Auxotrophic mutants

ABA-deficient mutants flc, not and sit

Accessions containing the genes flc, not, and sit benefit from exogenous application of abscissic acid. Weekly foliar applications of the following ABA solution should begin as soon as seedlings show signs of overwilting and/or burning of leaf margins:

  • 50 mg ABA (Aldrich # 86216-9) dissolved in 5 ml ethanol
  • 0.4 ml Triton-X
  • 4000 ml water
notabilis mutant with burned leaf margins
Shoots of the notabilis mutant (not) grown without exogenous ABA and showing burned leaf margins. [photo C.M. Rick]

GA-deficient mutants gib-1, gib-2 and gib-3

Accessions containing the genes gib-1, gib-2, and gib-3 benefit from exogenous application of gibberellic acid. The gib-1 mutation has the most pronounced phenotype (see photo) and seed will rarely germinate without supplemental GA. To germinate GA-deficient stocks, apply a 100 micromolar concentration of GA to seeds. In addition to the application of GA, cutting the tip of the seeds opposite the radicle increases germination rates.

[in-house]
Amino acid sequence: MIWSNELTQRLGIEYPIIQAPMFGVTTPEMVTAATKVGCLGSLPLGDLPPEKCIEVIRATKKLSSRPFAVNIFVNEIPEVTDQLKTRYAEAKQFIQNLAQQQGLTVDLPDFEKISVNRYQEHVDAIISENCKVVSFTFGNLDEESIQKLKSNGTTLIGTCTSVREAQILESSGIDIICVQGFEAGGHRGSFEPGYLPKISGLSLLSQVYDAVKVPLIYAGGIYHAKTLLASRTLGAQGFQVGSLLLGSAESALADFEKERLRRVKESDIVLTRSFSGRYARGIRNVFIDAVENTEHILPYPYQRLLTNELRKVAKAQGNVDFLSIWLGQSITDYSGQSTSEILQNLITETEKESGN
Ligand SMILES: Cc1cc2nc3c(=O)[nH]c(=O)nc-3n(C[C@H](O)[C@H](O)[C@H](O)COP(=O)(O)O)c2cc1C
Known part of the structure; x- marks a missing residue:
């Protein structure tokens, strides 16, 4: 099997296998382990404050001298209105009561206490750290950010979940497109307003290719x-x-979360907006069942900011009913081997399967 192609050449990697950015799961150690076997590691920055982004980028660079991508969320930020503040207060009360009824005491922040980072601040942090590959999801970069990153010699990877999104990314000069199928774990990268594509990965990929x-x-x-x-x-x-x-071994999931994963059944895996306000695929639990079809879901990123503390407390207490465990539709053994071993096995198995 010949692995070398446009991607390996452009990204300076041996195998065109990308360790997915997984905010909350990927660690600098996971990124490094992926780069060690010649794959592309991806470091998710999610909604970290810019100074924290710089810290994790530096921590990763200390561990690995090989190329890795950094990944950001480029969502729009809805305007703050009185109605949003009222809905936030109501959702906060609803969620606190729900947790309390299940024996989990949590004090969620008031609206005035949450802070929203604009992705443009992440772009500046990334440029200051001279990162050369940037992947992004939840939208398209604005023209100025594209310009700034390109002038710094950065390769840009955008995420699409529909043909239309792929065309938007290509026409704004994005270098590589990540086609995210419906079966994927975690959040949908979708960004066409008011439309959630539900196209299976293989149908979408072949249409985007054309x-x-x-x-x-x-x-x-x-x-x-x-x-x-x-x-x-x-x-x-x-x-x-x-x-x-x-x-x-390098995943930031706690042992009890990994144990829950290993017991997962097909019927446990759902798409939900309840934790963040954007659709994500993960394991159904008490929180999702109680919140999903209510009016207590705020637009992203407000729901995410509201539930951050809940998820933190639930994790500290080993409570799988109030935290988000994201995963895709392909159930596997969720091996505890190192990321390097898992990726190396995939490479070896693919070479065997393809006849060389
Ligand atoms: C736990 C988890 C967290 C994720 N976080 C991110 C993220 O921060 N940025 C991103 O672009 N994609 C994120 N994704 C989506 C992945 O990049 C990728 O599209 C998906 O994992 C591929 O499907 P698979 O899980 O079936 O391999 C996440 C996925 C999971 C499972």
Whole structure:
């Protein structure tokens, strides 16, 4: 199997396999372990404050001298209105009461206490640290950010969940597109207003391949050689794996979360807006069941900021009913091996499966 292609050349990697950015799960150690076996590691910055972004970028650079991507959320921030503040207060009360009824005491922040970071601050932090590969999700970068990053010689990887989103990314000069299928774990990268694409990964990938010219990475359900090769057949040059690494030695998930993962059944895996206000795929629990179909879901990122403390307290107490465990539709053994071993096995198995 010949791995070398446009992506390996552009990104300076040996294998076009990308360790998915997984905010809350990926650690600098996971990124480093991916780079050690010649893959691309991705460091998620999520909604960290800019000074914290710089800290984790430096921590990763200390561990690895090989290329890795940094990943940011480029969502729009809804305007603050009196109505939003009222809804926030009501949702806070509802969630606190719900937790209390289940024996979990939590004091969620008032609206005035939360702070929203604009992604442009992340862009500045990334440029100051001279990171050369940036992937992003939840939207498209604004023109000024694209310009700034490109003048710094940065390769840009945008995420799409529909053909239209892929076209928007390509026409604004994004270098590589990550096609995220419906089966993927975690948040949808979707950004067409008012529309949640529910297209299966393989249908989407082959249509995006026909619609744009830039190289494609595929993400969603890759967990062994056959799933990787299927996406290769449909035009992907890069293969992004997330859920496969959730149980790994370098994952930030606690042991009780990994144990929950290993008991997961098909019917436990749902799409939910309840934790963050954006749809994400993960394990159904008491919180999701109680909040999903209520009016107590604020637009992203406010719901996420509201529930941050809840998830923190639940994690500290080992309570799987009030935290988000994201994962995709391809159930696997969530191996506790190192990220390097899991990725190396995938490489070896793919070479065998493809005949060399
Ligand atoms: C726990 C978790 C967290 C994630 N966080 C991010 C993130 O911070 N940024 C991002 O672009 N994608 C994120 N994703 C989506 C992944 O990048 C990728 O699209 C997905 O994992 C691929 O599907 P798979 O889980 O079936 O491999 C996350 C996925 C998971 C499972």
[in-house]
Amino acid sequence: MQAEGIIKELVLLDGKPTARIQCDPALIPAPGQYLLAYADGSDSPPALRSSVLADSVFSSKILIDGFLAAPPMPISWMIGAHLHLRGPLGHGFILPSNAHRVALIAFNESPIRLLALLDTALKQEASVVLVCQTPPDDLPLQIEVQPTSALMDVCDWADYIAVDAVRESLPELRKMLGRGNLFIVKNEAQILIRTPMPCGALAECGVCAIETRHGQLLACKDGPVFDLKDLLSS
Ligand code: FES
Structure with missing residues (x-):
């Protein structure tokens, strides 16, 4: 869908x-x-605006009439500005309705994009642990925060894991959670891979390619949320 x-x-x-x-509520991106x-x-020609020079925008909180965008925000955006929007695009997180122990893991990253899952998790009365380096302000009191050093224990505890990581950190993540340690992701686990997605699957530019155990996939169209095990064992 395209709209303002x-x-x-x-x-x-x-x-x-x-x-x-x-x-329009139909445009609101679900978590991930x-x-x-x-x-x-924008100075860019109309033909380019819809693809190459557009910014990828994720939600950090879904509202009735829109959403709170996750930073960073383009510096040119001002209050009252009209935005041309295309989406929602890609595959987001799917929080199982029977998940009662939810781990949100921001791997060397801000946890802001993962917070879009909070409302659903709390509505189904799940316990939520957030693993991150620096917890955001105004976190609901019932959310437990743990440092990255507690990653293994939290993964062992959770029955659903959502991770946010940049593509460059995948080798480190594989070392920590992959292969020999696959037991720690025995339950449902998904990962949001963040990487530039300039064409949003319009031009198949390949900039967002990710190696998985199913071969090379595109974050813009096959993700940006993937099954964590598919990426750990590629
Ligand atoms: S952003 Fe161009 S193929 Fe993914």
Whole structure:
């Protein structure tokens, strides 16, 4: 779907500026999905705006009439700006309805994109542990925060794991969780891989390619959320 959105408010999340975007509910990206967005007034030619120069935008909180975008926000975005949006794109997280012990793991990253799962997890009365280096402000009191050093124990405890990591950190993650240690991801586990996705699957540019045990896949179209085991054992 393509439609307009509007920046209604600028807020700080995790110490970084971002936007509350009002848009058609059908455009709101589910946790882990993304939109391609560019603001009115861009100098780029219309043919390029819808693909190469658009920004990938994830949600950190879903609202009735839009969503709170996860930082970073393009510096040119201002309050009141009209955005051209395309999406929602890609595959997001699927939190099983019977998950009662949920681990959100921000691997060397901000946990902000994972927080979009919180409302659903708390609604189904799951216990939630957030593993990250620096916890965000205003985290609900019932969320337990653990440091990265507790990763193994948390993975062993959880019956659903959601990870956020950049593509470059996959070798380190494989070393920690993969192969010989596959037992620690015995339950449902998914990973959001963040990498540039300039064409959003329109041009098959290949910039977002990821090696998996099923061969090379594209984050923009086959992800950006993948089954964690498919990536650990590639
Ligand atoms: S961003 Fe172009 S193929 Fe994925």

GA-deficient gib-1 mutant in field
The GA-deficient mutant gib-1 grown in the field without exogenous GA. [photo Peter March]

Thiamine-deficient mutants tl, spa and ten

Stocks of the tl mutant require exogenous thiamine applications to survive past the cotyledon stage. The mutants ten and spa grow better when supplied with thiamine. Regular foliar applications of a 10-20 ppm solution of thiamine should begin after seedlings emerge. Once plants are established, thiamine can be easily supplied by inserting tablets of vitamin B-1 into the soil near the roots.

thiamineless mutant
Plants of the thiamine-deficient mutant tl (LA0758) with (L) and without (R) applied thiamine.


Kerr E.A. (1972) A simplified method of supplying thiamine to tomato mutants requiring it. Tomato Genetics Cooperative Report 22: 12.

Koorneef M., T.D.G. Bosma, C.J. Hanhart, J.H. van der Veen and J.A.D. Zeevaart (1990) The isolation and characterization of gibberellin-deficient mutants in tomato. Theoretical and Applied Genetics 80: 852-857.

Sharp, R.E., M.E. LeNoble, M.A. Else, E.T. Thorne, and F. Gherardi (2000) Endogenous ABA maintains shoot growth in tomato independently of effects on plant water balance: evidence for an interaction with ethylene. Journal of Experimental Botany 51: 1575-1584.